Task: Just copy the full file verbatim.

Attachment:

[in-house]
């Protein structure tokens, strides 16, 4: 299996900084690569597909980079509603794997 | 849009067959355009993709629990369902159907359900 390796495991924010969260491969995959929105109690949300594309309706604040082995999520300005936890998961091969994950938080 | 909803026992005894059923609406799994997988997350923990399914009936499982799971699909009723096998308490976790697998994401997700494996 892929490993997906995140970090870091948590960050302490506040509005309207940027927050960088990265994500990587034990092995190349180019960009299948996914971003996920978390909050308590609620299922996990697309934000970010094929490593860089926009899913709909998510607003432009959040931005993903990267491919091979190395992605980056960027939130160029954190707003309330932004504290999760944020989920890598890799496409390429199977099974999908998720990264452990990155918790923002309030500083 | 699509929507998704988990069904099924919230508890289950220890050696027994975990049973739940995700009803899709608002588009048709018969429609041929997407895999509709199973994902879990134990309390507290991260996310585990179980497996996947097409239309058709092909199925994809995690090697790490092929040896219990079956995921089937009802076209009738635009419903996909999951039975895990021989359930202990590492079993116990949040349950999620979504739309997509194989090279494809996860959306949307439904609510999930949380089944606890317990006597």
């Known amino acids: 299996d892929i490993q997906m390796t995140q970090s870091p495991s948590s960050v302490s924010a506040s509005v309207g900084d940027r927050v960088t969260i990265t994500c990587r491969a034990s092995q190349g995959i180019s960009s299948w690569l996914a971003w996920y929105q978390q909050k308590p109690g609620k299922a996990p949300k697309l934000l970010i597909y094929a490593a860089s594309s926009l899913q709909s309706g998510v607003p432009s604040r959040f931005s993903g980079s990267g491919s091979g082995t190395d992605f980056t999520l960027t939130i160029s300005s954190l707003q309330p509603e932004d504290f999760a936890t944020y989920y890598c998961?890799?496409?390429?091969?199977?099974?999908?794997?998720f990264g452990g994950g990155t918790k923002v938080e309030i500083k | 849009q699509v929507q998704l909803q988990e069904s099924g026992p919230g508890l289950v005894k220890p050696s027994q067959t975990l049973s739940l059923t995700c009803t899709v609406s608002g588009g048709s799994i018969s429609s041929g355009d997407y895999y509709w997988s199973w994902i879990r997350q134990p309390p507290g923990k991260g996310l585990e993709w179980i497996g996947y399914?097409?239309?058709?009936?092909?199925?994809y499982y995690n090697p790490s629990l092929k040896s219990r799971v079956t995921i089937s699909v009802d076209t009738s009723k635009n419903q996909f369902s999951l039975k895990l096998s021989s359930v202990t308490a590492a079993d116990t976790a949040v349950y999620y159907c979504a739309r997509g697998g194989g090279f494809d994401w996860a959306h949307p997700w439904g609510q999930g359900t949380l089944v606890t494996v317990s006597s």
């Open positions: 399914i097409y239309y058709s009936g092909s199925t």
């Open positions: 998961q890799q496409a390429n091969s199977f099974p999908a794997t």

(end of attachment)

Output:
[in-house]
């Protein structure tokens, strides 16, 4: 299996900084690569597909980079509603794997 | 849009067959355009993709629990369902159907359900 390796495991924010969260491969995959929105109690949300594309309706604040082995999520300005936890998961091969994950938080 | 909803026992005894059923609406799994997988997350923990399914009936499982799971699909009723096998308490976790697998994401997700494996 892929490993997906995140970090870091948590960050302490506040509005309207940027927050960088990265994500990587034990092995190349180019960009299948996914971003996920978390909050308590609620299922996990697309934000970010094929490593860089926009899913709909998510607003432009959040931005993903990267491919091979190395992605980056960027939130160029954190707003309330932004504290999760944020989920890598890799496409390429199977099974999908998720990264452990990155918790923002309030500083 | 699509929507998704988990069904099924919230508890289950220890050696027994975990049973739940995700009803899709608002588009048709018969429609041929997407895999509709199973994902879990134990309390507290991260996310585990179980497996996947097409239309058709092909199925994809995690090697790490092929040896219990079956995921089937009802076209009738635009419903996909999951039975895990021989359930202990590492079993116990949040349950999620979504739309997509194989090279494809996860959306949307439904609510999930949380089944606890317990006597």
């Known amino acids: 299996d892929i490993q997906m390796t995140q970090s870091p495991s948590s960050v302490s924010a506040s509005v309207g900084d940027r927050v960088t969260i990265t994500c990587r491969a034990s092995q190349g995959i180019s960009s299948w690569l996914a971003w996920y929105q978390q909050k308590p109690g609620k299922a996990p949300k697309l934000l970010i597909y094929a490593a860089s594309s926009l899913q709909s309706g998510v607003p432009s604040r959040f931005s993903g980079s990267g491919s091979g082995t190395d992605f980056t999520l960027t939130i160029s300005s954190l707003q309330p509603e932004d504290f999760a936890t944020y989920y890598c998961?890799?496409?390429?091969?199977?099974?999908?794997?998720f990264g452990g994950g990155t918790k923002v938080e309030i500083k | 849009q699509v929507q998704l909803q988990e069904s099924g026992p919230g508890l289950v005894k220890p050696s027994q067959t975990l049973s739940l059923t995700c009803t899709v609406s608002g588009g048709s799994i018969s429609s041929g355009d997407y895999y509709w997988s199973w994902i879990r997350q134990p309390p507290g923990k991260g996310l585990e993709w179980i497996g996947y399914?097409?239309?058709?009936?092909?199925?994809y499982y995690n090697p790490s629990l092929k040896s219990r799971v079956t995921i089937s699909v009802d076209t009738s009723k635009n419903q996909f369902s999951l039975k895990l096998s021989s359930v202990t308490a590492a079993d116990t976790a949040v349950y999620y159907c979504a739309r997509g697998g194989g090279f494809d994401w996860a959306h949307p997700w439904g609510q999930g359900t949380l089944v606890t494996v317990s006597s």
């Open positions: 399914i097409y239309y058709s009936g092909s199925t």
């Open positions: 998961q890799q496409a390429n091969s199977f099974p999908a794997t």